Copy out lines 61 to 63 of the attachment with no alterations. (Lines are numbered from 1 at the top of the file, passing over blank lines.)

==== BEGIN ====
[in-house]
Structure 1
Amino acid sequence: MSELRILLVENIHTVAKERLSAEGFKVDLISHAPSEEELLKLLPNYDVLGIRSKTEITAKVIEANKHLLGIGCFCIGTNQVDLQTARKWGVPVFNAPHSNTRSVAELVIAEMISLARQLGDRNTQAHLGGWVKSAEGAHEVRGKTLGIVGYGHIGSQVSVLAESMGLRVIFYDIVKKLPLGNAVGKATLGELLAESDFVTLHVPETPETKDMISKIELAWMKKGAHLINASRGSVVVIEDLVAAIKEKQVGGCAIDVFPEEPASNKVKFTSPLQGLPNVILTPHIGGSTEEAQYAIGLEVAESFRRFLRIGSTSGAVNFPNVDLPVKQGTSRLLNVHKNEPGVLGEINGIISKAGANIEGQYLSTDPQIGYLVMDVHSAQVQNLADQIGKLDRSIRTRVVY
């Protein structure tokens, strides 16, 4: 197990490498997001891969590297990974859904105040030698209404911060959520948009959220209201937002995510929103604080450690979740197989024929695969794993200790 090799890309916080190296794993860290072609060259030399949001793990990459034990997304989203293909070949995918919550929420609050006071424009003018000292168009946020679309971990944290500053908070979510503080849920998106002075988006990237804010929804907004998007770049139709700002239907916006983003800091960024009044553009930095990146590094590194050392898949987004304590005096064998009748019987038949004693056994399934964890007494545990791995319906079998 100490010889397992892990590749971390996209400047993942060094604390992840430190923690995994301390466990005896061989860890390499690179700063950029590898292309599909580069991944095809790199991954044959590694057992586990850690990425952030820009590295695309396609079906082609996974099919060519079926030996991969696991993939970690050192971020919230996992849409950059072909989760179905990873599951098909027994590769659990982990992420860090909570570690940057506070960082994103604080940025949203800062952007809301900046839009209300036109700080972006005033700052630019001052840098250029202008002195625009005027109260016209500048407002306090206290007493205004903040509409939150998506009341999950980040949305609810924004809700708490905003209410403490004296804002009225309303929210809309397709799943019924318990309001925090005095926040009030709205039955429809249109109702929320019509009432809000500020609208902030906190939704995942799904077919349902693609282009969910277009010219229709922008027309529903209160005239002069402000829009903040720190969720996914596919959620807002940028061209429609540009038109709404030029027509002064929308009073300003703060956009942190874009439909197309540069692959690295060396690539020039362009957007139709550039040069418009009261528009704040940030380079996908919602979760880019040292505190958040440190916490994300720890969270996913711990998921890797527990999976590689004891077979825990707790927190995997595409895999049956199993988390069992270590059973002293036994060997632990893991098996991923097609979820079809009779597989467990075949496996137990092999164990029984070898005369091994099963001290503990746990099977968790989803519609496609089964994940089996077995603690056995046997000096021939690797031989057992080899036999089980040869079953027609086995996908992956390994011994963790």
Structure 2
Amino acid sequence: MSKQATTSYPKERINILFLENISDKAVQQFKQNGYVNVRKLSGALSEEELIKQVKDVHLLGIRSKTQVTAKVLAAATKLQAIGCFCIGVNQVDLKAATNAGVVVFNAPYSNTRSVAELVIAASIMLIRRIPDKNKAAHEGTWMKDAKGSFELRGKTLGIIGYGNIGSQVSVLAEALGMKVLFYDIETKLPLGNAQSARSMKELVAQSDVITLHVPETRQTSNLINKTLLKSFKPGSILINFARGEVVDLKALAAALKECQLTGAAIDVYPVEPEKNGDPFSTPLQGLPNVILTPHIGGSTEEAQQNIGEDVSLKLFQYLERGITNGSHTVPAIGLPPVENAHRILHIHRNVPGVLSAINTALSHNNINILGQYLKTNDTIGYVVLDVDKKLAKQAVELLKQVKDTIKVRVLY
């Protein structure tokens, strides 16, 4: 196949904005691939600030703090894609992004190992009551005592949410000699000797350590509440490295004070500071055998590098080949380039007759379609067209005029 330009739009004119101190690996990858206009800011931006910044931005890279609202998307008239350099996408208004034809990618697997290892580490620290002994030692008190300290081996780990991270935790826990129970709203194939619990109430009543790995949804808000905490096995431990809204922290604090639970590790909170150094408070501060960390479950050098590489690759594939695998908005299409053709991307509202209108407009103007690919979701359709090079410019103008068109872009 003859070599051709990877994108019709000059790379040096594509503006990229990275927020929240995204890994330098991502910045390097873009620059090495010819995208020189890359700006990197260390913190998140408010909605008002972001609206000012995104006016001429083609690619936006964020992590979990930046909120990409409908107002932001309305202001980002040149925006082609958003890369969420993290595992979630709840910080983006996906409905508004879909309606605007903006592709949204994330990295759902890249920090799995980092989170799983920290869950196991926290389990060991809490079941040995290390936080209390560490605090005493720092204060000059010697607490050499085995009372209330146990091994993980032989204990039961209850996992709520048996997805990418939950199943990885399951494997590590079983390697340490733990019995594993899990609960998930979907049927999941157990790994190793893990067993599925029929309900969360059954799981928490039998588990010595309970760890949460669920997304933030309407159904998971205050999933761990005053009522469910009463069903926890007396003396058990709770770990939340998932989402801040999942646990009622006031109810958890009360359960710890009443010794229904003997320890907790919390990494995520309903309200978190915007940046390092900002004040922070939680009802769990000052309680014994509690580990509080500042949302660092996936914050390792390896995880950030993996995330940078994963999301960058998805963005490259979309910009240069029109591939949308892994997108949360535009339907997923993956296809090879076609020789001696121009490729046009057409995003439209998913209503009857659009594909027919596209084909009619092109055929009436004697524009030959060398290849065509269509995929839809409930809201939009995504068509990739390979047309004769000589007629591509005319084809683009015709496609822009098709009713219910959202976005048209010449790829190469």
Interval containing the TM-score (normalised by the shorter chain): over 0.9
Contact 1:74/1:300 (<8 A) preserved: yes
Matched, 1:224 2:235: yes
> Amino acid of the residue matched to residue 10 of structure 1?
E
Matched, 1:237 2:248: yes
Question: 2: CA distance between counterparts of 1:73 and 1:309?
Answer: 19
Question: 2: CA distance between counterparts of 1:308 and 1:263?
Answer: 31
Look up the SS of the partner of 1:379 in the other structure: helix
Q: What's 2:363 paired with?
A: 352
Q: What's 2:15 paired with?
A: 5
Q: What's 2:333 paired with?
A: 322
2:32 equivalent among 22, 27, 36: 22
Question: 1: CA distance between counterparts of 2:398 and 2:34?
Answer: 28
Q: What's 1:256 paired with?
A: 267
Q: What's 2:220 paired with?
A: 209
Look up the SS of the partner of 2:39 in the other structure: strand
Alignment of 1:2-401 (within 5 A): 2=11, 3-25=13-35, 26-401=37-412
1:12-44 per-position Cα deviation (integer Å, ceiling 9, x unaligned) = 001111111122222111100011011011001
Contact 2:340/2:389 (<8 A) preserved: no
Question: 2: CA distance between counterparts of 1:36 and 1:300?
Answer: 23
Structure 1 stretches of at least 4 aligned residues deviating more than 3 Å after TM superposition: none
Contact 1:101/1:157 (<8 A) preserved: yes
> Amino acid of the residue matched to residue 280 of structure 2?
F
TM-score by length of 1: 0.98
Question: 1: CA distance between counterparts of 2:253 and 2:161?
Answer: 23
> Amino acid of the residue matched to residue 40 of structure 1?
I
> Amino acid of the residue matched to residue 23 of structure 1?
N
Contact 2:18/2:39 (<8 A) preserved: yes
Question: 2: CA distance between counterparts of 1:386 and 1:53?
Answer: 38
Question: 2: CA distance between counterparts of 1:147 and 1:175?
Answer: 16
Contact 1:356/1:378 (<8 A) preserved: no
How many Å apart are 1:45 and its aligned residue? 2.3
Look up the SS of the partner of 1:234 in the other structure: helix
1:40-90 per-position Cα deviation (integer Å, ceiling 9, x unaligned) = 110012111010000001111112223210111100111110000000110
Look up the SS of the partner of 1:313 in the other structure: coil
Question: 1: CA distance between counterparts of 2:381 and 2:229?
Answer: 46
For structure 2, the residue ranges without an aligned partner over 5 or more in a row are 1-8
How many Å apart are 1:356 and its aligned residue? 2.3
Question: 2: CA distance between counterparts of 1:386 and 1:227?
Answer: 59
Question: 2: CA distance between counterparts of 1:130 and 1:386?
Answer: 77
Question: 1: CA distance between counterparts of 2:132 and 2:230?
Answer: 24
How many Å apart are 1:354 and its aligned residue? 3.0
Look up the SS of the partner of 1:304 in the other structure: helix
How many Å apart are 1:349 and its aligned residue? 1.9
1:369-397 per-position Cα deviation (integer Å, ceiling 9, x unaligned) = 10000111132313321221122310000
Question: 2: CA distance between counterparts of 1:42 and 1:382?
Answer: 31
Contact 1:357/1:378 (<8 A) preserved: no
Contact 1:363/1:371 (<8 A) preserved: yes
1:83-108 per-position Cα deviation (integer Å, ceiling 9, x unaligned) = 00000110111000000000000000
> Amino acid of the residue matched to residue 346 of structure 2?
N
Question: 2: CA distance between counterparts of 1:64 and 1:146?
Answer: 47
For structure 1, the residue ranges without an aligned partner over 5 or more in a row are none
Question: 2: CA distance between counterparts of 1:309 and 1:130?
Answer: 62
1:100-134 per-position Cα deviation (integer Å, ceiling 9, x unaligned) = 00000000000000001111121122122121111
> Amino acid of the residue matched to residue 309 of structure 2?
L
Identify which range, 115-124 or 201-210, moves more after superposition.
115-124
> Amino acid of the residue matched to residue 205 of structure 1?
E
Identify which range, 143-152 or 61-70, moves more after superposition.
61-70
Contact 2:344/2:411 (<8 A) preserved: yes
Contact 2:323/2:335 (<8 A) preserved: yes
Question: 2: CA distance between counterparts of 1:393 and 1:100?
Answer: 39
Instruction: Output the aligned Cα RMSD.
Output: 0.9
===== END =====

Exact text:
For structure 2, the residue ranges without an aligned partner over 5 or more in a row are 1-8
How many Å apart are 1:356 and its aligned residue? 2.3
Question: 2: CA distance between counterparts of 1:386 and 1:227?